In October, there was love in the air in Chicago.
At the annual conference of AdvaMed, the medical devices industry's largest lobby group, you couldn't go two steps in McCormick Place without hearing how great the Food and Drug Administration was. This was in marked contrast to the barbs that has been thrown at the agency over the years from device makers citing charges that the agency was slow in responding, burdensome and inconsistent in its requests for data and profoundly mercurial.
In response to a question from this reporter at the conference about this "love fest" FDA's Jeffrey Shuren remarked that the agency had listened to industry and made changes to become more collaborative, more efficient and less opaque.
Now the results are in of that effort.
A report from PricewaterhouseCoopers released on Monday shows that a whopping 78% of life science industry executives - both from the pharma and device worlds - believe that "the FDA has improved the quality and frequency of it communication in the past two years."
Another 76% responded that the agency provided actionable feedback while 70% thought that the agency offered more "applicable guidance, rules and regulations," according to the report. Entitled "FDA and Industry: A recipe for collaborating in the New Health Economy," the report polled 100 senior executives from the life sciences industry.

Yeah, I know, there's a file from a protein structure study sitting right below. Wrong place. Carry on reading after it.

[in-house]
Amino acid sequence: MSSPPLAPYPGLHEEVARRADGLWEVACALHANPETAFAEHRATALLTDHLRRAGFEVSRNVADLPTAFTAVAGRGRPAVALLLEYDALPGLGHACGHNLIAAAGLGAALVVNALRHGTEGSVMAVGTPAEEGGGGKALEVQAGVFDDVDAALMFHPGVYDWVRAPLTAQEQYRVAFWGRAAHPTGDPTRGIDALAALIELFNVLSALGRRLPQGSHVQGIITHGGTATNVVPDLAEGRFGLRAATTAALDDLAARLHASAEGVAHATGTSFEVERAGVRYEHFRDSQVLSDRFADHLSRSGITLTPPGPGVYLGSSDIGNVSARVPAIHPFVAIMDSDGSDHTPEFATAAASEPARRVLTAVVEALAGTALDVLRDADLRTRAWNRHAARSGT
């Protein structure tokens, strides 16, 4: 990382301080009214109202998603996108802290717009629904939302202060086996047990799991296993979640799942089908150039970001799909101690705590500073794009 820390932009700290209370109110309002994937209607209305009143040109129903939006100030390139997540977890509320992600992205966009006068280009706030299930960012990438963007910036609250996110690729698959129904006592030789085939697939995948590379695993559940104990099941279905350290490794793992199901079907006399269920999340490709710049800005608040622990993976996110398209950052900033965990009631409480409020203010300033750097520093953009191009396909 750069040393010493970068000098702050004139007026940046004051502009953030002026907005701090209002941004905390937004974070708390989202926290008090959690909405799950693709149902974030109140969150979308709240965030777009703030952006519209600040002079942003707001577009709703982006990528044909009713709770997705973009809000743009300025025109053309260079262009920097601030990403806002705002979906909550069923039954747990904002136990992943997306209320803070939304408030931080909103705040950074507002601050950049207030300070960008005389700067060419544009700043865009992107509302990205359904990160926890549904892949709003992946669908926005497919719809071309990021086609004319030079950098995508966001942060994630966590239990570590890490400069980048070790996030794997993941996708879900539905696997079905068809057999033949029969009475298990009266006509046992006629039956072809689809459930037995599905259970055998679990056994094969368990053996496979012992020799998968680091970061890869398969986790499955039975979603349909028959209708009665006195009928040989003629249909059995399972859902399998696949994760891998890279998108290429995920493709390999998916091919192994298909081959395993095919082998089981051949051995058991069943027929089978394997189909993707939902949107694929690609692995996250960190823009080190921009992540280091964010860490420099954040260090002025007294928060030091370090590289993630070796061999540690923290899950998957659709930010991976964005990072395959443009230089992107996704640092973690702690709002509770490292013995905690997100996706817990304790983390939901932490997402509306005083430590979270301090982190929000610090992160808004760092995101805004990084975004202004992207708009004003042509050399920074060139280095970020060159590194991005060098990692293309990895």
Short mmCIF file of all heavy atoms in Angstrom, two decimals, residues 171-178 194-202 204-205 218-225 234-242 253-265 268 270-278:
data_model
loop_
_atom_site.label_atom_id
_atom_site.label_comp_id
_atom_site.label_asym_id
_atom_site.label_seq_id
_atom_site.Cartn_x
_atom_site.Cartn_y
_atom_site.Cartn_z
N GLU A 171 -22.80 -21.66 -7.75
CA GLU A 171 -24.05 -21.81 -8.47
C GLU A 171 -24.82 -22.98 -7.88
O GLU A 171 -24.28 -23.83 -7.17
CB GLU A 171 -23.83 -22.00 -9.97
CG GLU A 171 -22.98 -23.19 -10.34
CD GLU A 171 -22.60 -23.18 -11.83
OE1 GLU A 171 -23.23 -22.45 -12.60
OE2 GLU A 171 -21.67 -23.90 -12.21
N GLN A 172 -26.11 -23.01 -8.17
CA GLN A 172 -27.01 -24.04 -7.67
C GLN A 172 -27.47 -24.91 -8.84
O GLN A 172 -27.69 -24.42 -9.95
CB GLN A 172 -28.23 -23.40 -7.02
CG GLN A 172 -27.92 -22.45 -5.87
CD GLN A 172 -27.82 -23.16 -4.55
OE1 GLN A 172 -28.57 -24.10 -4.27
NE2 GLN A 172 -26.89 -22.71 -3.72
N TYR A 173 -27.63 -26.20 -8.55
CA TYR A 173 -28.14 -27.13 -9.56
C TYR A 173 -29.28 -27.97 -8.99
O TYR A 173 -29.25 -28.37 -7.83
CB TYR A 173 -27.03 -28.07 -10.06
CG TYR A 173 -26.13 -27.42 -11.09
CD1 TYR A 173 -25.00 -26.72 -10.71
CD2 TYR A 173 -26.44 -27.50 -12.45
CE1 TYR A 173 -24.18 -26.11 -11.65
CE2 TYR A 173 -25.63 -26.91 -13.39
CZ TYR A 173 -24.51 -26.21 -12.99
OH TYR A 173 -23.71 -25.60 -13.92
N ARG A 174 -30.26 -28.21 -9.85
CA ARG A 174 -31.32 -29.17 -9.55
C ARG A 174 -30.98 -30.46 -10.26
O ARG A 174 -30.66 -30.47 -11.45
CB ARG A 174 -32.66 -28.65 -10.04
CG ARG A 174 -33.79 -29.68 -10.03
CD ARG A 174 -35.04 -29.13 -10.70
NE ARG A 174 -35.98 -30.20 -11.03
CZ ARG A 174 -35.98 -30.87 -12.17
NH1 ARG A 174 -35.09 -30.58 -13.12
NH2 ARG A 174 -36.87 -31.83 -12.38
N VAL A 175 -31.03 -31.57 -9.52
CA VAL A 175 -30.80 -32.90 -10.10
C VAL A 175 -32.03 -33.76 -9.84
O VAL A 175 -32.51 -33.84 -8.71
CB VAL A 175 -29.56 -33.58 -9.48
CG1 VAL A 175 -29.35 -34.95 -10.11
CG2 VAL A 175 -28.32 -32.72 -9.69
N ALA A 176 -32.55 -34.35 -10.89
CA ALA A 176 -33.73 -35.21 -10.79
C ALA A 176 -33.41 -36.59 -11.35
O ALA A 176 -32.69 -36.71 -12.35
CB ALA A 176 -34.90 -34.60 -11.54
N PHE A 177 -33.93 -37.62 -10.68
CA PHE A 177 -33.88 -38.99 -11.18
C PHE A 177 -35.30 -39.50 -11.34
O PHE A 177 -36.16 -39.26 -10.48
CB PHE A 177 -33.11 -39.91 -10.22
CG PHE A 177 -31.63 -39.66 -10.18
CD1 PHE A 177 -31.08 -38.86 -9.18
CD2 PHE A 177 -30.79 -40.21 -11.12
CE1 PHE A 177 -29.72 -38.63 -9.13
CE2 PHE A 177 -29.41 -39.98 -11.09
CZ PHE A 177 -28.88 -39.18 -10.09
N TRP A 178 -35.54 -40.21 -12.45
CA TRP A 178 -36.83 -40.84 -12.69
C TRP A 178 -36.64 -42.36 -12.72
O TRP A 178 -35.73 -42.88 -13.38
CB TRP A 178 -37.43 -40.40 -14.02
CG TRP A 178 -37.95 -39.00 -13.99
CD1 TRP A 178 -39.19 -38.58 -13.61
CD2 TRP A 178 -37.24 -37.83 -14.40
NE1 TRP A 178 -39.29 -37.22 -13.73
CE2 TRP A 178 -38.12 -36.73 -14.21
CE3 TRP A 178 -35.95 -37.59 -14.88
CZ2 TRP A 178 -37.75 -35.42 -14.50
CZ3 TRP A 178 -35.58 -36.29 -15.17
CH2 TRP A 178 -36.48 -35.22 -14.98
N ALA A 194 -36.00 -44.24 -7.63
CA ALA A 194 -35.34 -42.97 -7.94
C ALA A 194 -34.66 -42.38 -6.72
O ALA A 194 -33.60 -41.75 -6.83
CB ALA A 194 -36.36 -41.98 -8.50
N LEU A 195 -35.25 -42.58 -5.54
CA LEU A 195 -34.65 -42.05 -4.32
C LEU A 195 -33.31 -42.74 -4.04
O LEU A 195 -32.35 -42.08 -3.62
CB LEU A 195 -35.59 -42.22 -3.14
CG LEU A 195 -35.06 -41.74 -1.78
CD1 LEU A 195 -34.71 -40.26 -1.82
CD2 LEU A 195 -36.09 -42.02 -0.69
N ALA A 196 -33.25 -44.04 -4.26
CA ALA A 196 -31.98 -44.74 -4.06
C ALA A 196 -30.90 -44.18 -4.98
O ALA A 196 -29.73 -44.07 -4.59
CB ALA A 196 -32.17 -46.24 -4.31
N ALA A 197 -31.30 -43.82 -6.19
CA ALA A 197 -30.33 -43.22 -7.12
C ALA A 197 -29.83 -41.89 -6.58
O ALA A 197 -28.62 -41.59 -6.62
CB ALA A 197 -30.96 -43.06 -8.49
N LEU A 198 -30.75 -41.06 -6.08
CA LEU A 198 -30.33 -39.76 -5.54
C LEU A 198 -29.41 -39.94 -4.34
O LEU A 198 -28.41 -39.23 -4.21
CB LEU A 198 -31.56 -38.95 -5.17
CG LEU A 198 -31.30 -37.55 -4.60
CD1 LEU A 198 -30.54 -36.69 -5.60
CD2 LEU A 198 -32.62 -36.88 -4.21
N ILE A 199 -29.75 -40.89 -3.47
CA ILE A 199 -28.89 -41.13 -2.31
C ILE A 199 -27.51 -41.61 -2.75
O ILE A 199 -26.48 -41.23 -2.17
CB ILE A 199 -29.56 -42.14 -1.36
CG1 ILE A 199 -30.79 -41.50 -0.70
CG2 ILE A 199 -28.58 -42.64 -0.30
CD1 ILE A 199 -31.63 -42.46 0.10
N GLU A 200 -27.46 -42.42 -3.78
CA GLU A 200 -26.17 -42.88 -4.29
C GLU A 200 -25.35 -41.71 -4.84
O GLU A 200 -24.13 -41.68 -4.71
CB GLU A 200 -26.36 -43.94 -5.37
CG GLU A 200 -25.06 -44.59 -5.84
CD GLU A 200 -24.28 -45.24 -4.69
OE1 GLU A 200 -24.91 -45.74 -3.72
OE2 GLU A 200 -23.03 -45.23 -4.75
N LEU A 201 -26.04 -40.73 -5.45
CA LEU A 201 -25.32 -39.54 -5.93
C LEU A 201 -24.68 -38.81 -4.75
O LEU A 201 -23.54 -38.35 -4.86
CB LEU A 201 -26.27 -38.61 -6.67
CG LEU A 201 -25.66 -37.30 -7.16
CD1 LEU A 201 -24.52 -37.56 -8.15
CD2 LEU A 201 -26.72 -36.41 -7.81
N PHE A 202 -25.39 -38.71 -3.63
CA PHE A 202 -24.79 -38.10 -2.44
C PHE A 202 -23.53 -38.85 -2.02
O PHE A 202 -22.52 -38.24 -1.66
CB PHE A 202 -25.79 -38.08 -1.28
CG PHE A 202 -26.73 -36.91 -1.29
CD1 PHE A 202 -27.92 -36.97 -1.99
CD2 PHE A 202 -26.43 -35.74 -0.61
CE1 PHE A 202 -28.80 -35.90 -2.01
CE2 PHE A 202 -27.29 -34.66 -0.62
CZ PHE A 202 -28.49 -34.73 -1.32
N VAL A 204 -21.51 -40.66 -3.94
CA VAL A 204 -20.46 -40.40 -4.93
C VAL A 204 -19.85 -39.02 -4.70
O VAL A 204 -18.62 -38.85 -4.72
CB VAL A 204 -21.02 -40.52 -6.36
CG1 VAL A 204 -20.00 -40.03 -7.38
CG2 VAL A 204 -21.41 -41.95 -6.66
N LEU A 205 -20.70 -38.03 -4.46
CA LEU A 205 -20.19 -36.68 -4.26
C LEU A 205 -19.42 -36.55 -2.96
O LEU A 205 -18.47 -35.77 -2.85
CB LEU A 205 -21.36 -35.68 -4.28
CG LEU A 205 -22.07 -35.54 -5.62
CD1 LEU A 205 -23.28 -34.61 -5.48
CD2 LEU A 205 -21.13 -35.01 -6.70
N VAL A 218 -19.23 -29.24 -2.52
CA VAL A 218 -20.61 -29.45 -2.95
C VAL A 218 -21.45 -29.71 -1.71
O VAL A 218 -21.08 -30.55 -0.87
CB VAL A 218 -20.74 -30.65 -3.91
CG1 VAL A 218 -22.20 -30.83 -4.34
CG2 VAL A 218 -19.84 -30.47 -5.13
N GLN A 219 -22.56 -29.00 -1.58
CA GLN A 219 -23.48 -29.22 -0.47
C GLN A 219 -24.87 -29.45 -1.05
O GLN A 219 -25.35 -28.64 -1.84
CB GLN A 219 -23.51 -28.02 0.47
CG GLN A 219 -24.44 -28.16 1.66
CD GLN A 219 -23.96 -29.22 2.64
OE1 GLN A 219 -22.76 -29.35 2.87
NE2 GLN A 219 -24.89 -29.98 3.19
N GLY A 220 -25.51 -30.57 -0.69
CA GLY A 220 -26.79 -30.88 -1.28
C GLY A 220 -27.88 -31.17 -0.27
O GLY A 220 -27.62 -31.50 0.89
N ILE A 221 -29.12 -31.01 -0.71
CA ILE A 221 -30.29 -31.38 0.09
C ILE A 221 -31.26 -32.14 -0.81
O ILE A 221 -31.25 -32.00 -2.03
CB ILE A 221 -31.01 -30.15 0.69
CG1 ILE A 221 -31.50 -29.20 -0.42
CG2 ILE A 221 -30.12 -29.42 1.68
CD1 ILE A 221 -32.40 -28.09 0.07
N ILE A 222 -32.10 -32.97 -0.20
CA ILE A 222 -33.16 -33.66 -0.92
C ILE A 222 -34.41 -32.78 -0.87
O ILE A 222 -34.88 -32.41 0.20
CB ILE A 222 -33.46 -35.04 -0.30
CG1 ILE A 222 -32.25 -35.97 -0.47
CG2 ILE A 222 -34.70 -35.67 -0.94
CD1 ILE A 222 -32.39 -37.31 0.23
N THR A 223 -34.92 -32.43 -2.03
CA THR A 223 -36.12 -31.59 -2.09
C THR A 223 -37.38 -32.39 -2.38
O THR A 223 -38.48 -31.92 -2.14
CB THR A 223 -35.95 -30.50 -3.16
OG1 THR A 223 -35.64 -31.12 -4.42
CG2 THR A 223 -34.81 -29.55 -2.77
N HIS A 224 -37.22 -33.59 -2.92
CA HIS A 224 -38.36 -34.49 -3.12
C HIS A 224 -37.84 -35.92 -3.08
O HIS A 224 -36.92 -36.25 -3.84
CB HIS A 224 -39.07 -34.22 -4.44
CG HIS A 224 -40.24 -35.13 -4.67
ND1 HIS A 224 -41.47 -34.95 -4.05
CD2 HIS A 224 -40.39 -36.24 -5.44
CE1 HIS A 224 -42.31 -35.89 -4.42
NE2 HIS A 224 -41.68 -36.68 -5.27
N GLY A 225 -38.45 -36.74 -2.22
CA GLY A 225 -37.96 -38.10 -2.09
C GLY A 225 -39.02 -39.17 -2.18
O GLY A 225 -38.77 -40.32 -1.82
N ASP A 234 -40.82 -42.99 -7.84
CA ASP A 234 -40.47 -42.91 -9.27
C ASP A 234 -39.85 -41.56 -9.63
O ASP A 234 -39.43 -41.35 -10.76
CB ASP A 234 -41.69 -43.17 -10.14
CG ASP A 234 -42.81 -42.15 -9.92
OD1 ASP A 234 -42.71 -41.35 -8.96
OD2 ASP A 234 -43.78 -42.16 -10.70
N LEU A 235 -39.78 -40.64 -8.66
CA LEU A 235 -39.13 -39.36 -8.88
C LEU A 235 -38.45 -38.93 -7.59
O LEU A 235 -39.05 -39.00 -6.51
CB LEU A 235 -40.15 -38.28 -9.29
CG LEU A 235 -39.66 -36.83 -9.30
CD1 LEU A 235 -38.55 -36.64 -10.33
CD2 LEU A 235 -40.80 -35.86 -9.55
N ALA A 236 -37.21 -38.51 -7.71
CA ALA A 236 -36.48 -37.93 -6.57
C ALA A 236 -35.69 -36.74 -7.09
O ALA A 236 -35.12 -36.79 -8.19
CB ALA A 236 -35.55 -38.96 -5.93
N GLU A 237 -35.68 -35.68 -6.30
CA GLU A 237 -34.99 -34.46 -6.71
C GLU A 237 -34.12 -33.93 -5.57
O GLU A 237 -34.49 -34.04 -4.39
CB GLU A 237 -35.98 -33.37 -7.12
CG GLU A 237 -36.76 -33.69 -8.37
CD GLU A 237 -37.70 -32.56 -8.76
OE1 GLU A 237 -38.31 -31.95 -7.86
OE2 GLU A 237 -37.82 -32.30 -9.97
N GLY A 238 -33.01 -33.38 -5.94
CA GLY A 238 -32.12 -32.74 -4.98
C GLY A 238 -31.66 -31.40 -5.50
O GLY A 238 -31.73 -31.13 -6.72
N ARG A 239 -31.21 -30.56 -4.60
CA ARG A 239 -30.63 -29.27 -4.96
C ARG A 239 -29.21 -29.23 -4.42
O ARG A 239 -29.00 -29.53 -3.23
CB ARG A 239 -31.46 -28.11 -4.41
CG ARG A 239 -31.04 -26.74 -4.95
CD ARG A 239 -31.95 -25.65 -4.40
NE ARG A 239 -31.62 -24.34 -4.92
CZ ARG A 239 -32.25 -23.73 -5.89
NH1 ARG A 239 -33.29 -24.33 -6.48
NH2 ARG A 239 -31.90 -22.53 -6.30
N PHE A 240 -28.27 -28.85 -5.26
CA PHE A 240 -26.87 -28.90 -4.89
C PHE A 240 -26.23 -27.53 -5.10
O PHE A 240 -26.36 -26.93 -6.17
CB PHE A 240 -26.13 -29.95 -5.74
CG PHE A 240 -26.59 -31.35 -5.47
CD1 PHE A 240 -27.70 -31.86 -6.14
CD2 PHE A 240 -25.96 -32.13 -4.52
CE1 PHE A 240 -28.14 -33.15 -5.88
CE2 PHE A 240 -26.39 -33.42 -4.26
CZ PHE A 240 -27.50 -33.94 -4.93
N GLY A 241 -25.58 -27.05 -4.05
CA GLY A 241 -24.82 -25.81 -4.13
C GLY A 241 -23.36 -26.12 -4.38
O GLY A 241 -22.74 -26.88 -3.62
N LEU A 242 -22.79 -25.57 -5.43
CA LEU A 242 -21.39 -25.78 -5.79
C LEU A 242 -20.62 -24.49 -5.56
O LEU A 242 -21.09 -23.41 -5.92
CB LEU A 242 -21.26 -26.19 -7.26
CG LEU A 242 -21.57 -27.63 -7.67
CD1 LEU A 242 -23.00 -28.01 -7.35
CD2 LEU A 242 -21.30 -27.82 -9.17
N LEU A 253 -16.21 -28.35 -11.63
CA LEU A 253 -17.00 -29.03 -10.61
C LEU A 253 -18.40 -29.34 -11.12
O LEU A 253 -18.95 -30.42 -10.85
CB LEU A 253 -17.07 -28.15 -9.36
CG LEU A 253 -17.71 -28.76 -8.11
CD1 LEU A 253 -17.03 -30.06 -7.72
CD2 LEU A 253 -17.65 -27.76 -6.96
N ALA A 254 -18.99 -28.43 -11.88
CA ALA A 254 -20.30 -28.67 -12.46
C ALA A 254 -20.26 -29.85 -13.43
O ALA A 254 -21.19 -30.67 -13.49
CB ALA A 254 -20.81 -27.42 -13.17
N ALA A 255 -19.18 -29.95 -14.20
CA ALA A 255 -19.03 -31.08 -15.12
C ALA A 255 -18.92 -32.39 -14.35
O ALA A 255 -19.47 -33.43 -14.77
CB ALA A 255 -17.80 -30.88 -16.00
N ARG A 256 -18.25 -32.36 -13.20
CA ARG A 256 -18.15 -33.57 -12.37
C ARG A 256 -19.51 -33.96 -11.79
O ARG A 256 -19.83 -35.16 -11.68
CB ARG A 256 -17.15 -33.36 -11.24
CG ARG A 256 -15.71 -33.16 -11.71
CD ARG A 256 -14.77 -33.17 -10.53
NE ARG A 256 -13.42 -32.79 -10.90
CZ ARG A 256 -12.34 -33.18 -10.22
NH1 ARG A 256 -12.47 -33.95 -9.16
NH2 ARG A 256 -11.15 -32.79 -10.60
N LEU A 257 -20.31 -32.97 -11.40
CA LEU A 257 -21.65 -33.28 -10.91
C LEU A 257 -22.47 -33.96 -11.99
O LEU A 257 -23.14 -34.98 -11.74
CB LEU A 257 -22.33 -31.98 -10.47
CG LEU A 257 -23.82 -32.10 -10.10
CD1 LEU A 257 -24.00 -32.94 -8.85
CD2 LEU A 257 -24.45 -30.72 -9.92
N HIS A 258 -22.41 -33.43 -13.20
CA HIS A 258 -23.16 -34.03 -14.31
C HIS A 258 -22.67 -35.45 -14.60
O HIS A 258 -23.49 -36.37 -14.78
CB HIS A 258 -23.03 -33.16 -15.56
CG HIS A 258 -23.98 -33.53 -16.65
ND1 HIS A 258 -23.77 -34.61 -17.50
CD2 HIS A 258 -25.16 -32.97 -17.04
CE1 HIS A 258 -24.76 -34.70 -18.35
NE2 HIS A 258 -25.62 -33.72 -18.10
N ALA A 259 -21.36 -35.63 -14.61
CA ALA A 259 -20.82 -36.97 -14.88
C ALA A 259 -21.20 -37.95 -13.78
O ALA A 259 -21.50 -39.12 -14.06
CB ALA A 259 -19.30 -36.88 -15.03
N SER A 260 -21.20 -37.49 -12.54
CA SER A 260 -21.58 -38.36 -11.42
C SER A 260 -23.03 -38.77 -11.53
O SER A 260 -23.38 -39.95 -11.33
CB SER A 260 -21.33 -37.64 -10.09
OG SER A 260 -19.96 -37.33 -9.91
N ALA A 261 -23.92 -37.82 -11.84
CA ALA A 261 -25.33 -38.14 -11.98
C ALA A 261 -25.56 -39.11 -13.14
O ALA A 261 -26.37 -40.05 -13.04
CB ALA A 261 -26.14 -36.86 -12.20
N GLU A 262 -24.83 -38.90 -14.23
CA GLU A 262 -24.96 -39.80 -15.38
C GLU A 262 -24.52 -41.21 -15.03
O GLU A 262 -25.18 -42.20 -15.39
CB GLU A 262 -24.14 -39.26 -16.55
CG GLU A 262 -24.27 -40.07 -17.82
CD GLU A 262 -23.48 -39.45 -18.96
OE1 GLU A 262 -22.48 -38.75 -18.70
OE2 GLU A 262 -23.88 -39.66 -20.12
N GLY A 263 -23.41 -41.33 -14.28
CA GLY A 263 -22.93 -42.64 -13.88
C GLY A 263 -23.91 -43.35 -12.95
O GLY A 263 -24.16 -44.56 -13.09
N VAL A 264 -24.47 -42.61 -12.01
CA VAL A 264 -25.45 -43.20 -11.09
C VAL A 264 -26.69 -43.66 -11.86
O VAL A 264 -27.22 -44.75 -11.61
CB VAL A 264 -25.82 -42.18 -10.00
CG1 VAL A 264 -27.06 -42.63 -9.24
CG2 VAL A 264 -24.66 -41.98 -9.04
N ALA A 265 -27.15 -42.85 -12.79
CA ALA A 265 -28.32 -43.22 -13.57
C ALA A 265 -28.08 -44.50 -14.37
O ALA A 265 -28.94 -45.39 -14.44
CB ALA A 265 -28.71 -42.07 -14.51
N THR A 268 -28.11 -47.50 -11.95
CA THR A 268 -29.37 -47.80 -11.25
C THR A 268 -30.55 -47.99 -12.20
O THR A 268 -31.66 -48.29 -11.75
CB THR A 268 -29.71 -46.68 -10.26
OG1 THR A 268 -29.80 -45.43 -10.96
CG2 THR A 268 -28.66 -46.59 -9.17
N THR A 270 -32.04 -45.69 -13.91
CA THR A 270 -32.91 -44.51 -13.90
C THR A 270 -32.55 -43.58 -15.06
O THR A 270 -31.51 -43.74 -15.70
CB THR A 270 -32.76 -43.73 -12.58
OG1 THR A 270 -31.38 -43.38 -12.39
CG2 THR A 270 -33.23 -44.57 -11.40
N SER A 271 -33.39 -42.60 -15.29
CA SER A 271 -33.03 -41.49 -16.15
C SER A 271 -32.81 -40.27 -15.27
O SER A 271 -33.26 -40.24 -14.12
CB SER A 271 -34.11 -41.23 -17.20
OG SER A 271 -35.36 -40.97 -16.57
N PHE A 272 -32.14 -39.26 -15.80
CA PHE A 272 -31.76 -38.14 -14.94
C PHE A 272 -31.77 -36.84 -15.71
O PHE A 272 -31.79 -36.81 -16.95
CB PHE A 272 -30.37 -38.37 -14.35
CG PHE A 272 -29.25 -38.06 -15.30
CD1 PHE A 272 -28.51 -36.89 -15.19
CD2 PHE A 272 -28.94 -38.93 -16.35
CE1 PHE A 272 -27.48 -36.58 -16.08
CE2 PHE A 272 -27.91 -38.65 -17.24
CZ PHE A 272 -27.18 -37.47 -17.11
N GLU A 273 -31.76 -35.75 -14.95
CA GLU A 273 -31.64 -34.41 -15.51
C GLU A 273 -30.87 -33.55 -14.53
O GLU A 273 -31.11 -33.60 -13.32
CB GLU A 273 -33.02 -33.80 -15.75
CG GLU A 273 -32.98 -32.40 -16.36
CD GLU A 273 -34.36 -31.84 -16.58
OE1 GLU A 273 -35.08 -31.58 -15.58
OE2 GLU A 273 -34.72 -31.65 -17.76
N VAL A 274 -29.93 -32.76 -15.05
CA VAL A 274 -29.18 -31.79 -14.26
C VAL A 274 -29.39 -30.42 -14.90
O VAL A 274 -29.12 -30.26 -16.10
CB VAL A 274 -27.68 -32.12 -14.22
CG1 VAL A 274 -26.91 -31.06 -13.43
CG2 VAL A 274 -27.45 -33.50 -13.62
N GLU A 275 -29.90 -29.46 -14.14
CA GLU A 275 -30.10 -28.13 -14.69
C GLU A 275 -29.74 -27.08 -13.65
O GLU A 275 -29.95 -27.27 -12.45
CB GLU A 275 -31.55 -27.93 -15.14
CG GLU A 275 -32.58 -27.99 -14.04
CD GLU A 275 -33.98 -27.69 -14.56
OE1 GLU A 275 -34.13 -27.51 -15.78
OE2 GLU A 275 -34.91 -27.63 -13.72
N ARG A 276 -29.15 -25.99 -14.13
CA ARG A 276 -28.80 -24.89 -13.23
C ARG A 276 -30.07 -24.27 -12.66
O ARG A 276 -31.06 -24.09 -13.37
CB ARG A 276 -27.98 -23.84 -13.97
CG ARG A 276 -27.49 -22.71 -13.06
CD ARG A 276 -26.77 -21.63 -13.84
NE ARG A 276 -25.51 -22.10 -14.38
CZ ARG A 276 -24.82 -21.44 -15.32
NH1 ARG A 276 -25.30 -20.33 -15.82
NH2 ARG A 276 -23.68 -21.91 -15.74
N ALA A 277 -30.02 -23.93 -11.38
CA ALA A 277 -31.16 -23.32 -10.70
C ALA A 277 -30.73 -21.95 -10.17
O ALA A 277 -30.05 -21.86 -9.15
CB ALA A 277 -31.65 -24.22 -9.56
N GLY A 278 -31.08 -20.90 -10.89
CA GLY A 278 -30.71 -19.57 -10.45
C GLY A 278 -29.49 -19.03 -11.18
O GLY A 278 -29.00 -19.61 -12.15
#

Here's a snapshot of how premarket approval times of devices have improved over the past five years. This is revealing especially compared to the same for drugs.
There was another very interesting highlight from the report, which brings to light how large companies and small companies differ in their interactions with the agency. Some 42% of executives from large companies reported always participating in meetings with the FDA at key moments during clinical development or before submitting an application. Compare that to only 23% of executives from small companies who did the same. Another 40% reported rarely participating.
But meeting with the FDA appears to have a direct correlation with how good the relationship is between the two parties. An even 70% of executives who always attended meetings with the FDA said their relationship with the agency improved over the previous two years. Compare that to only 38% of company executives who rarely met with the FDA who responded similarly.
Small companies might want to revisit their hesitation in attending meetings with FDA reviewers.
"For newer companies, the reluctance to meet with the FDA is that it may foster other questions about their product," said Susan Alpert, a consultant, former FDA official and senior executive at Medtronic, in the report. "But my opinion is not taking advantage of FDA meetings is shortsighted on the part of a company.”
[Photo Credit: iStockphoto.com user Lisa-Blue]